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Callback functions

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  • Callback functions

    Before all else - I HAVE ordered Mr. Petzold's Big Book (on the 22nd, delivery 6-10 days, of which the six have expired but not the ten, so hope springs eternal ...).

    I have a little program with two dialogs, the first modal and the second modeless. The second starts clear and is populated with the appropriate controls according to what is selected on the first.

    The "second level" screen comes up very nicely, BUT some of the controls thereon respond as expected, and others not at all. Have tried DIALOG SHOW for this one with callback function specified (and no callback on the ADD CONTROL for the buttons, and also vice versa. No good. No callback, either way.

    The WINMAIN function sets up some popup menus and then ends with --
     Local Style As Long
     Style = %WS_POPUP Or _
             %DS_SETFONT Or _
             %DS_NOFAILCREATE Or _
             %DS_MODALFRAME Or _
     Dialog New 0, "", 0, 63, 530, 315, Style To hDlg&
     Style = %WS_SYSMENU Or _
     Dialog New 0, "WINpeAc MAIN MENU", 0, 0, 534, 370, Style, _                %WS_EX_TOPMOST To pDlg&
    ' ** Add controls to it
     Call WndProc (pDlg&, %WM_CREATE, 4, 2) '(create decorative toolbar)
     Menu Attach hMenu, pDlg&               '(attach popups)
     Call MakeMainMenu                      '(create buttons, FIRST screen) 
     Dialog Show Modeless hDlg&              ', Call hDlgCallBack
     Dialog Show Modal pDlg&, Call DlgProc   ' To result
     End Function
    Last edited by Gary Beene; 12 Jul 2014, 07:29 PM. Reason: Code: tags

  • #2
    All MODELESS dialogs require a message pump in the form of a DIALOG DOEVENTS loop. There was not enough of your code to be 100% sure, but it sure looks like you are missing a DIALOG DOEVENTS from your code.

    Commonly, you would construct the app so that the callback for the modal dialog launches the modeless dialog, and then immediately runs a message loop.

    Commonly, this would be in response to a %WM_COMMAND in the modal dialog callback (ie, launch a modeless dialog in repsonse to a button click, etc). Another technique is for the modal callback function to send a 'private' message to itself which in turn launches the modeless dialog, and starts running the message pump loop. This way it is possible to launch a modeless dialog in response to say a %WM_INITDIALOG event.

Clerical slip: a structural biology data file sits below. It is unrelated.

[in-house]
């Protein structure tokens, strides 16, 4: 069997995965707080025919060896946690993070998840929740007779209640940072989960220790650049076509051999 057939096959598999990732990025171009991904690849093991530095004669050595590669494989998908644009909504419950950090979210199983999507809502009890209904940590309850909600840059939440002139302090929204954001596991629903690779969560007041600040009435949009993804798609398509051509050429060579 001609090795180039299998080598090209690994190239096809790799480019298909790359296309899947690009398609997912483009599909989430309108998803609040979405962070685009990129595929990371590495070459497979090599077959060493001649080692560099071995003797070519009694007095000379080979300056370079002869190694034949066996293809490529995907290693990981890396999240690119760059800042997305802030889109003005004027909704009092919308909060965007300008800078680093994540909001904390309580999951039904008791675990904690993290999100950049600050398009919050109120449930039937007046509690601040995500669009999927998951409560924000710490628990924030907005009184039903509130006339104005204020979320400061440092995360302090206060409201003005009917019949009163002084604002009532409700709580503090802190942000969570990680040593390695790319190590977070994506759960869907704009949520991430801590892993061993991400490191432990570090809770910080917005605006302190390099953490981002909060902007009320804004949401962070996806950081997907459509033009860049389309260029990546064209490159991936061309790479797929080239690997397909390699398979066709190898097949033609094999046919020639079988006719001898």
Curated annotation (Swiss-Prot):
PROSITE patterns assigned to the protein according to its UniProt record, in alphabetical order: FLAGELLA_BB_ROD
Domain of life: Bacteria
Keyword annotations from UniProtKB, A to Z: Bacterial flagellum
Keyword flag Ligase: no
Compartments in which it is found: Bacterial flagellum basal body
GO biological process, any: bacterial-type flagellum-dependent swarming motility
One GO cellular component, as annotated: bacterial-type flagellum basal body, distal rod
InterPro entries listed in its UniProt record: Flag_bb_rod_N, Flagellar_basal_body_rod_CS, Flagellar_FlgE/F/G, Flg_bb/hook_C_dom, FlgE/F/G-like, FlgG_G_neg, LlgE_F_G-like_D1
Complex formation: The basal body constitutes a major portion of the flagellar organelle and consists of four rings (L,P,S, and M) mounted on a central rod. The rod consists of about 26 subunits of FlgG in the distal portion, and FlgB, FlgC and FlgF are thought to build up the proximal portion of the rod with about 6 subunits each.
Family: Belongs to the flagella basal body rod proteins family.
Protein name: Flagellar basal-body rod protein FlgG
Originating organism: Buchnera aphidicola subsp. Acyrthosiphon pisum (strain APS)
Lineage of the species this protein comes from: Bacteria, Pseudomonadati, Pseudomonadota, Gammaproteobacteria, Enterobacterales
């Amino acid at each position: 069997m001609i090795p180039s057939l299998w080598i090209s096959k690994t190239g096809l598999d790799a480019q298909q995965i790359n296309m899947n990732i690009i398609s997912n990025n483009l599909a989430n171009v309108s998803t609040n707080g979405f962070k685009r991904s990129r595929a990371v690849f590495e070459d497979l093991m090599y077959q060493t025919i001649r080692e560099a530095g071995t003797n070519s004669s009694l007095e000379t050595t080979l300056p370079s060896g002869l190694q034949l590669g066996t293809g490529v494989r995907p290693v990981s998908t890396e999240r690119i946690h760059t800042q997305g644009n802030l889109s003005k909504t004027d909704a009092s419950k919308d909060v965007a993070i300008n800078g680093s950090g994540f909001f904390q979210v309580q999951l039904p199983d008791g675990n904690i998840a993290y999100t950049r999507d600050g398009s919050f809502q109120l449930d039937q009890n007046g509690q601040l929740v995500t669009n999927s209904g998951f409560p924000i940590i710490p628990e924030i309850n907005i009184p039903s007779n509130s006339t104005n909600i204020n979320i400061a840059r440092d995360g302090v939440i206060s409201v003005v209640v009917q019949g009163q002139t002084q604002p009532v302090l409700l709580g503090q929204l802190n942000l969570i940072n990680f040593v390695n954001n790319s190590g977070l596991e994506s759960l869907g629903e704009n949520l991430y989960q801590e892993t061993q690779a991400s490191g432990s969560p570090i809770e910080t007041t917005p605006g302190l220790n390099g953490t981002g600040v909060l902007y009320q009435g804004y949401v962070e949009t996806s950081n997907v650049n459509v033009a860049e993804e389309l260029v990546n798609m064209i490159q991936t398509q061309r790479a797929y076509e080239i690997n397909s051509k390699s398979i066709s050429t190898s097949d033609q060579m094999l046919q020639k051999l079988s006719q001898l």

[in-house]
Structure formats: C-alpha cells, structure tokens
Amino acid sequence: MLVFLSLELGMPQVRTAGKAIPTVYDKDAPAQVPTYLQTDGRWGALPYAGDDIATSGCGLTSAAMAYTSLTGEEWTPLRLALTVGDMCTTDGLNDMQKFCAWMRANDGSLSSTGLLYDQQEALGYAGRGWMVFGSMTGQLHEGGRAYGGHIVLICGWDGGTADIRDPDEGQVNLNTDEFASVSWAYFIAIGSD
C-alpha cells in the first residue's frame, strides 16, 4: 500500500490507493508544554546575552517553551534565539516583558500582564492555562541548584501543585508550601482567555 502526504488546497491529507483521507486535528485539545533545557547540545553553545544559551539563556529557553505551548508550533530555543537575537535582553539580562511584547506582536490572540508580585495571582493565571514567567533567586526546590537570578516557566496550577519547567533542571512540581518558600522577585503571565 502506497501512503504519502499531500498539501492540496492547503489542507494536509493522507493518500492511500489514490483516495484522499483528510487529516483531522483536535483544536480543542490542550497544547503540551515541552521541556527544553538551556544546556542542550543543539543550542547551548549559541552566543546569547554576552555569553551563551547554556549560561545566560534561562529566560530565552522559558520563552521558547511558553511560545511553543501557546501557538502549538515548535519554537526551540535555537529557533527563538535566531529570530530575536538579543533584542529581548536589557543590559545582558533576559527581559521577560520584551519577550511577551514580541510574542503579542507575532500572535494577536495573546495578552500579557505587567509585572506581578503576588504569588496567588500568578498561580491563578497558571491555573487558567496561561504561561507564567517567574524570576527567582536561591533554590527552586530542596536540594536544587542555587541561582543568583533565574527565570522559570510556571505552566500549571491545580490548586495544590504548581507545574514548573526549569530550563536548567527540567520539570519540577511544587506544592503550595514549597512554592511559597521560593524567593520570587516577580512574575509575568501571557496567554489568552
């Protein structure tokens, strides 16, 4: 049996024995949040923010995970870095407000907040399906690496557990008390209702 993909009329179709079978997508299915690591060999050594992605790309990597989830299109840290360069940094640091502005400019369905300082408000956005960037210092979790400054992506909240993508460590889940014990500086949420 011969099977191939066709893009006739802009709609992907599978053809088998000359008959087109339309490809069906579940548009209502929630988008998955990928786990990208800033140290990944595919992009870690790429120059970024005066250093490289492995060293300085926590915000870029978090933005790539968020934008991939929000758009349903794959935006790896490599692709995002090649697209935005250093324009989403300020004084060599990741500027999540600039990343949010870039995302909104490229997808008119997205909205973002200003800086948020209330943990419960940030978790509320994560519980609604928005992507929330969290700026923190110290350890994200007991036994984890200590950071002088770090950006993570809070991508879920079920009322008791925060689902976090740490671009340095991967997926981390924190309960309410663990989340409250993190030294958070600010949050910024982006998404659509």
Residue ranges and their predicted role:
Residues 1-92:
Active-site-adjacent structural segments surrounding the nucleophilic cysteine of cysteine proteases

Check out ADDRESS.BAS for a 'basic' example of how to construct DDT message pump loops.

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    • #3
      To whom it may concern!

      The unique ID& (as in "CONTROL ADD BUTTON, hDlg&, *ID&* ...) MUST NOT EXCEED 65535. This great wisdom has been arrived at by use of the very advanced MsgBox method, in conjunction with "try, try and try again"
      (a two-byte field maximum). This info may be somewhere in HELP, but I have not come across it as yet.

      Waiting for the Charles Petzold book as I am, this represents a bit of a breakthrough, as I had used larger numbers than that. Why? In terms of a planned code structure for a menu hierachry, for (say) eight sub-systems, some of which may have second and third-level sub-structures (and once also a fourth before the options sequence is resolved to a self-contained task, i.e., programme module. So, providing more than one digit for just ONE that exceeds (or may in the near future exceed) 9 options, a code such as "73412" would more or less readably define "Sub=system 7, level 3, sub-level 4, task 12". A long integer such as ID& comfortably accommodates this.

      HELP says:

      Words are 16-bit (two-byte) unsigned integers with a range of 0 to 65535. The type declaration character for a Word is: ??.

      Maybe ID& should read ID?? ... ? (my ... ?)

      I post this in the interest of all/any other raw beginners, in high hopes that it is correct. See MicroSoft disclaimer.


      • #4
        That is true for Windows 95/98 but not Windows NT/2000 which accept values larger than that.


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